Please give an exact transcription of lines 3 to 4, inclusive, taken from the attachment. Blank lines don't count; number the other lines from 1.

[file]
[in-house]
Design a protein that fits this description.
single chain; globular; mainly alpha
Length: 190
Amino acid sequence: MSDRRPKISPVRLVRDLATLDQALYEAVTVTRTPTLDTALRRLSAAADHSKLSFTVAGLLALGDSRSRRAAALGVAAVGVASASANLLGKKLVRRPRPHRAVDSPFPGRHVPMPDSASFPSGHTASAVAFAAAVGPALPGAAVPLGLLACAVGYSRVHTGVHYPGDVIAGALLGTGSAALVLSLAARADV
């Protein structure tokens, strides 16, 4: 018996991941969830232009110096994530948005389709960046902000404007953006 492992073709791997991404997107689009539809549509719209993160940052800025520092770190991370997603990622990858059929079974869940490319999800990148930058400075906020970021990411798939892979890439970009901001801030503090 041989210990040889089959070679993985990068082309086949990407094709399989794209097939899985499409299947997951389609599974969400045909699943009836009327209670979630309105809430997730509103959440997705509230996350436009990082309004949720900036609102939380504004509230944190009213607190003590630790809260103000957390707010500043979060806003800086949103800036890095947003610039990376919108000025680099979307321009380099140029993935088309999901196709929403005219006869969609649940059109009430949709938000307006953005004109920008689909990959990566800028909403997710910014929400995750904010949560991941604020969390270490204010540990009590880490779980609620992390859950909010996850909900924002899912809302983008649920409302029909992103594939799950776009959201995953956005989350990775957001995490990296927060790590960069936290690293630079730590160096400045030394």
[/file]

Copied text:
single chain; globular; mainly alpha
Length: 190